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Walter Kirn: What's needed today is civility, politeness and inclusion

CBS News asked noted figures in the arts, business and politics about their experience in today's civil rights movement, or about figures who inspired them in their activism.

Walter Kirn, author ("Up in the Air")

Please share a civil rights figure who influenced you personally.

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Walter Kirn
Alexis Dahan

Well, this goes back a little earlier than the sixties, but Paul Robeson -- who my family legend had it that he came to sing in Akron, Ohio, where my father's family lived back in the fifties -- was not allowed to play at venues. The place that was going to have him, barred him because he was too controversial.

My grandfather, who was on the school board at one of the high schools, let him sing and gave him a venue, and that story was sort of passed down through the family.

I remember as a boy in the late sixties and early seventies being told that story, at a time where I was very confused about what was going on in the country. I lived in a little town in Minnesota that was all white pretty much, and here I was seeing on TV these images of Martin Luther King's assassination when I was about six or seven years old, not understanding what was going on there. I remember seeing the TV images of the riots going on in the big cities and it was very confusing -- and that story was told to me by my father as an example of how long this movement had been going on, how long this struggle has been going on. It gave a context for what I was seeing on TV and reading in the newspapers. So what was a very confusing set of images and headlines for a little boy, made more sense when I understood there had been this kind of long, agonizing march for freedom.

Is there something that you would like to share about your personal connection to civil rights issues?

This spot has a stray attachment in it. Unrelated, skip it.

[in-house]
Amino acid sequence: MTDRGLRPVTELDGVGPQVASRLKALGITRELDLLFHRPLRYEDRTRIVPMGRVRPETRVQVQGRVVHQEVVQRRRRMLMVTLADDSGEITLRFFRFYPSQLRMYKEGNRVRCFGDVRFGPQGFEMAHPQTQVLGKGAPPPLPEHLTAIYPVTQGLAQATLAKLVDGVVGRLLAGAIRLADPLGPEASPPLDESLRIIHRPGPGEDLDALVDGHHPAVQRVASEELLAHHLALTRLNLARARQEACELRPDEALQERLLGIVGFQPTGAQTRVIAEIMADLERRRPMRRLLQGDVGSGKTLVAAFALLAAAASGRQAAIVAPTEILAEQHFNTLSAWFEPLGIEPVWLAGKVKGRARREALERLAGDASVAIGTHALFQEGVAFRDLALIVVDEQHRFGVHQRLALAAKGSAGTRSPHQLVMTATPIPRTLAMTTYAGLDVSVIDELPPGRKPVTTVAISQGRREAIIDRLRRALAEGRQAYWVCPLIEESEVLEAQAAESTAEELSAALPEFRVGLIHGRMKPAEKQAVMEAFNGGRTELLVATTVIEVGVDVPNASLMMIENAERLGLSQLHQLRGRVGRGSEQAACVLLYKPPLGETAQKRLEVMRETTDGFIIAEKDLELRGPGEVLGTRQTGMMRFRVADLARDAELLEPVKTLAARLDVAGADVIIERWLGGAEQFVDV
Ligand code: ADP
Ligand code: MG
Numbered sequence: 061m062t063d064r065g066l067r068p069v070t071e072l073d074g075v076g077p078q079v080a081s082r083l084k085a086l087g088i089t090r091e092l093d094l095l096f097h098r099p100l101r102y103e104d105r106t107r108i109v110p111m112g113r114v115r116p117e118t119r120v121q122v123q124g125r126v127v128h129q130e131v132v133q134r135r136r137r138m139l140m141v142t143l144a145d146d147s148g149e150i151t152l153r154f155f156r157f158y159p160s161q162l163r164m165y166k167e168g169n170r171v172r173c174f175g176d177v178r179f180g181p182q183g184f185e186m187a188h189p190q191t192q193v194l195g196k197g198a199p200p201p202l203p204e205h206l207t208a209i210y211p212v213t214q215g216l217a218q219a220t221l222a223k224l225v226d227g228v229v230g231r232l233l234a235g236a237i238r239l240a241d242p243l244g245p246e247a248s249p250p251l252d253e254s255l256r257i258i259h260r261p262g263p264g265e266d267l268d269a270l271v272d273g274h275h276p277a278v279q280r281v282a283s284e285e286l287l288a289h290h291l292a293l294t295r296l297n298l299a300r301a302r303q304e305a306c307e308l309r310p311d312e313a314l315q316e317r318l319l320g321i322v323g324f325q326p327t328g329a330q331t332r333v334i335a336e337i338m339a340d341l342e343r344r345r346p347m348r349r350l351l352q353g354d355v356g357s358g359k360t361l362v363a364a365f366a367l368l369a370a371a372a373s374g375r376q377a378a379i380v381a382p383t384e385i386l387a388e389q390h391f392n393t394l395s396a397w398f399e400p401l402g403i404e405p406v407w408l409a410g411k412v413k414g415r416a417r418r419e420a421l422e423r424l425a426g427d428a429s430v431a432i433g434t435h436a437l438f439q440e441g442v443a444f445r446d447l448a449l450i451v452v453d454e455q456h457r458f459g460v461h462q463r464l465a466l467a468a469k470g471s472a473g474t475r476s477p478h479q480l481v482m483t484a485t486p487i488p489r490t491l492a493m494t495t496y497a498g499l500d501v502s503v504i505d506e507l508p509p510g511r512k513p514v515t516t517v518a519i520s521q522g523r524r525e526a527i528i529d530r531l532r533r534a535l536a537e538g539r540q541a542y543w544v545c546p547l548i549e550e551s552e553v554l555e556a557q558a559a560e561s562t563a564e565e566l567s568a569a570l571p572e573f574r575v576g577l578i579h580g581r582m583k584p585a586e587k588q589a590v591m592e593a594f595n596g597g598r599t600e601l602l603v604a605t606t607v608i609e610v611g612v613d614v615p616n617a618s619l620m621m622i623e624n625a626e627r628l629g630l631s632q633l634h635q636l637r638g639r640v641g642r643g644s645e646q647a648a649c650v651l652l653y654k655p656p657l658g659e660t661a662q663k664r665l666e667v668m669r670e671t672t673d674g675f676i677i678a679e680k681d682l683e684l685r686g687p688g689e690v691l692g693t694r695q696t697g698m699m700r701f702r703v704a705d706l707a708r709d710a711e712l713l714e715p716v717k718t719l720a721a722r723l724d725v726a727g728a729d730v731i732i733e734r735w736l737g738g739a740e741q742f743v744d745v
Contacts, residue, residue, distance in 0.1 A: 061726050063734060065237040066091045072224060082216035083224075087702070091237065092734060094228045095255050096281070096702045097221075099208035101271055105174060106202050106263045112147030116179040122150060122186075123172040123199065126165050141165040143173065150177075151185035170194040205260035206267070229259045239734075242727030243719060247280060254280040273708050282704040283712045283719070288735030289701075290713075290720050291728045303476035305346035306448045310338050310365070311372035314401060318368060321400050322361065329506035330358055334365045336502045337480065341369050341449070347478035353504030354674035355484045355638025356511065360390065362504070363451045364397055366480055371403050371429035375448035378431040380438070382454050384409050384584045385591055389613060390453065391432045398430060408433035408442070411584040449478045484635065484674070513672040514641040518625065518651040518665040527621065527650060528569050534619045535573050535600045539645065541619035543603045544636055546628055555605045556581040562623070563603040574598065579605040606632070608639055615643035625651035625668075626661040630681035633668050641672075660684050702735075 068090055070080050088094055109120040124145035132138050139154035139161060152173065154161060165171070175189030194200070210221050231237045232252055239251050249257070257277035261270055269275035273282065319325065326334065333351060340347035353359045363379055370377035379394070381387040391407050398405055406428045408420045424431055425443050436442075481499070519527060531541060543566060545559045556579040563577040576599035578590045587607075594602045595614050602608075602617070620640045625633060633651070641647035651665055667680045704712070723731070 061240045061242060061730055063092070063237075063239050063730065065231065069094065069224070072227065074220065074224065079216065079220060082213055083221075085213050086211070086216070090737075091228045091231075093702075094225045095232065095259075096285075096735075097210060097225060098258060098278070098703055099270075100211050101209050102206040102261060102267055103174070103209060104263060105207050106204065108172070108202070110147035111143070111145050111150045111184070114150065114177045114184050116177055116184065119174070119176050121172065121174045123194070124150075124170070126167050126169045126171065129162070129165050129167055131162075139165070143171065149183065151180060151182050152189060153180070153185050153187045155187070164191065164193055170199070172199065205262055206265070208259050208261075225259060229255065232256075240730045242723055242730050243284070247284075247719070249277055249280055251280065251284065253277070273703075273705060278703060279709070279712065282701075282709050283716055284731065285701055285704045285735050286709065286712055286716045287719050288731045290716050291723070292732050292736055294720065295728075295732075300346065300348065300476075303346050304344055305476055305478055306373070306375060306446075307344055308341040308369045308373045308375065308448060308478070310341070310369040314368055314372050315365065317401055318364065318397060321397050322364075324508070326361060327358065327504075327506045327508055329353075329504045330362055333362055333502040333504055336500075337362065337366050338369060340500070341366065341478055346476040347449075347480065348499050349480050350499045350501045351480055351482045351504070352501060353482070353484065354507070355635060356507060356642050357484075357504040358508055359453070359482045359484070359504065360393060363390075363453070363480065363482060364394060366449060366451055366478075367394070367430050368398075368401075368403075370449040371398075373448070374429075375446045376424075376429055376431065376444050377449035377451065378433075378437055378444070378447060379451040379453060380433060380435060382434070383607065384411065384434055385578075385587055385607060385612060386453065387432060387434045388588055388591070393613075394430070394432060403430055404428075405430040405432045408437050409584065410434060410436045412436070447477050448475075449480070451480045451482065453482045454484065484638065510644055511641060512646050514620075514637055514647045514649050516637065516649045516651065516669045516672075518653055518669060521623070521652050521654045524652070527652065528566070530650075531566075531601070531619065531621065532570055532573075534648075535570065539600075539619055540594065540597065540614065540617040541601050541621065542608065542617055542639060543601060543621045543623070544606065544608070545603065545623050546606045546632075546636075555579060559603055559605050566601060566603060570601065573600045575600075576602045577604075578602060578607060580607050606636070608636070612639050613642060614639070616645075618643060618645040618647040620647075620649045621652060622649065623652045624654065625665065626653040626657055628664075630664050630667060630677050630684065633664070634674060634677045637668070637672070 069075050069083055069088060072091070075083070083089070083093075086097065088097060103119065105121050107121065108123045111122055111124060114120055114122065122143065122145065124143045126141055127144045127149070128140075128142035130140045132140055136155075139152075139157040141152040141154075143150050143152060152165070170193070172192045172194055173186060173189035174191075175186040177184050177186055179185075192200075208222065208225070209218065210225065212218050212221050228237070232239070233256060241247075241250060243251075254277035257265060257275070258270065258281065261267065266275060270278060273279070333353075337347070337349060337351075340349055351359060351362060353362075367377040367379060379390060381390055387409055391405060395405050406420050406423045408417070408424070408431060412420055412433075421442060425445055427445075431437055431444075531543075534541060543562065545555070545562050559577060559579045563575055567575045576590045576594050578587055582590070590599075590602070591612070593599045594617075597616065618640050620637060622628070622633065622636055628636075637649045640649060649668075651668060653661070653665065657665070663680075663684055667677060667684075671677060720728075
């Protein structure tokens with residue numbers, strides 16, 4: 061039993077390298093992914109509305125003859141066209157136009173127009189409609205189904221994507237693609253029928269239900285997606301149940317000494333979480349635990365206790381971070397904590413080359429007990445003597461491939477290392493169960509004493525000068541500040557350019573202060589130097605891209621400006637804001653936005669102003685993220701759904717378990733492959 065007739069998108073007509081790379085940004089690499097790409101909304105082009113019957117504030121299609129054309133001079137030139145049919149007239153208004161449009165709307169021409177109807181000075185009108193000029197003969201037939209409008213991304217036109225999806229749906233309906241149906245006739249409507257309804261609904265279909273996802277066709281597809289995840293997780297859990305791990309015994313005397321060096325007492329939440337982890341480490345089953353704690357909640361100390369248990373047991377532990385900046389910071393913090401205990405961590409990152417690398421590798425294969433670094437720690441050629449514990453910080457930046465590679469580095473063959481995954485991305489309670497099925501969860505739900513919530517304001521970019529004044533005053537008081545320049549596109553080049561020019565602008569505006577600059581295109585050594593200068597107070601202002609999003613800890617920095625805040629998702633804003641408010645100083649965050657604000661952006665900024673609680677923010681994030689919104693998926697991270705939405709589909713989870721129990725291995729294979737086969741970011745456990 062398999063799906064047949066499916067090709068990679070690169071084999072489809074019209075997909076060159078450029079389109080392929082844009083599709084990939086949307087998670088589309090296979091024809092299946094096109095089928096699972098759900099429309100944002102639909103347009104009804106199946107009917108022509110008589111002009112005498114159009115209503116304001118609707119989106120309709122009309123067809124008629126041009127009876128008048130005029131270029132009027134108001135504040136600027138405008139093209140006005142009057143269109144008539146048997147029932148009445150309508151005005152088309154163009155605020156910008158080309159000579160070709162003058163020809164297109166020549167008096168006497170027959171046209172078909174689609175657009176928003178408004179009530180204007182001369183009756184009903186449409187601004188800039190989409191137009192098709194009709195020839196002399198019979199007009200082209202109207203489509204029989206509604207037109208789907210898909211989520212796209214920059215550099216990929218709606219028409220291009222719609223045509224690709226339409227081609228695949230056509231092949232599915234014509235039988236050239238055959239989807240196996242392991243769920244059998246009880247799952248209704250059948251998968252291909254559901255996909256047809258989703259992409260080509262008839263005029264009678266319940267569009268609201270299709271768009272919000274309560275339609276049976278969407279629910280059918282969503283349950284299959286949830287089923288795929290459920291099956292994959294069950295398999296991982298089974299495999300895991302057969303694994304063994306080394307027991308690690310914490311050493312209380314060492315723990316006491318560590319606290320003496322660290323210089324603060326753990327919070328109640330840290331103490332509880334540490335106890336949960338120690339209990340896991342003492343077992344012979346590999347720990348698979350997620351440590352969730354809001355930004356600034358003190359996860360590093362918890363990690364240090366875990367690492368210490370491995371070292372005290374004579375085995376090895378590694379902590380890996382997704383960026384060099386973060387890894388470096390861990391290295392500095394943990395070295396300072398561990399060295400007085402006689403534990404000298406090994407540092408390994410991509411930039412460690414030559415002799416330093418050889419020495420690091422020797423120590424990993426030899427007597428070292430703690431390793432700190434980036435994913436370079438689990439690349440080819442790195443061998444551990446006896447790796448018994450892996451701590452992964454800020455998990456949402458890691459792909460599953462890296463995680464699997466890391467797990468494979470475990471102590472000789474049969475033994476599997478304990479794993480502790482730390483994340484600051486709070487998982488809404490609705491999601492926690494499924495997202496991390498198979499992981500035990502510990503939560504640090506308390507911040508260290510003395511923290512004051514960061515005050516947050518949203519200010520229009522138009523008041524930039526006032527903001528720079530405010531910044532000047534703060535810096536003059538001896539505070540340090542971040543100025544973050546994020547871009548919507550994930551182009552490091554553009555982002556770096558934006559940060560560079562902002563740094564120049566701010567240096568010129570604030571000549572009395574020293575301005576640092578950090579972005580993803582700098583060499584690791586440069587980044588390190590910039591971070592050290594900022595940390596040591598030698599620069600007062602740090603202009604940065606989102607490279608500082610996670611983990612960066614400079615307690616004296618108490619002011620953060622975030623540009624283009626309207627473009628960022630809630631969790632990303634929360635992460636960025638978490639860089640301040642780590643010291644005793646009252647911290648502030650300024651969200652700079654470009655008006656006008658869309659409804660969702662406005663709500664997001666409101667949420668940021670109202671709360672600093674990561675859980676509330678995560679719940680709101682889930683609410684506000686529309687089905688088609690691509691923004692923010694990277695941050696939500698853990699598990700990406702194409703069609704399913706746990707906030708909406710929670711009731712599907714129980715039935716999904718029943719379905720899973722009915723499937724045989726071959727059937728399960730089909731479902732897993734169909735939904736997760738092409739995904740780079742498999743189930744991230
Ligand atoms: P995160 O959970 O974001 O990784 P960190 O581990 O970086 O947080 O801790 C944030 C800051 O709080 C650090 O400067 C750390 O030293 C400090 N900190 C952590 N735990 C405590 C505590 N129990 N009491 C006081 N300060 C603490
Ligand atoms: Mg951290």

I came from a little town in Minnesota, it was a rural place, and I didn't have a lot of experience with people of other races -- Lutherans and Catholics were about as far apart as it got there. But I moved out East and went to college, and I was in New York City in my early twenties.

My brother, from Minnesota, won a contest back at his college to come and visit New York City -- he had a friend of his who was on the football team who is African American and they'd both won this prize, a stay at the Plaza Hotel. They came and we all went over to the Plaza Hotel and as we were walking into the Plaza the security guard stopped my brother's friend and asked him what he was doing there. It was the first moment where I've really seen that kind of discrimination personally and it shocked me. it had been all sort of abstract as a little kid, but suddenly I saw what was going on

What needs to happen in the next 50 years for equality to be fully realized in the U.S.?

A lot has been done [on the] judicial and governmental level -- we've got a black president, we've got a fairly good set of laws, we've got a court system that seems to administer them fairly well. But we still have a long ways to go in terms of our everyday civility and sense of politeness, kindness and inclusion.

What really needs to change is people's hearts and everyday instincts and reflexes. I think this is a revolution that has filtered down from the top into people's everyday lives, and that's where it stands now -- in the offices, in the homes, in the streets.


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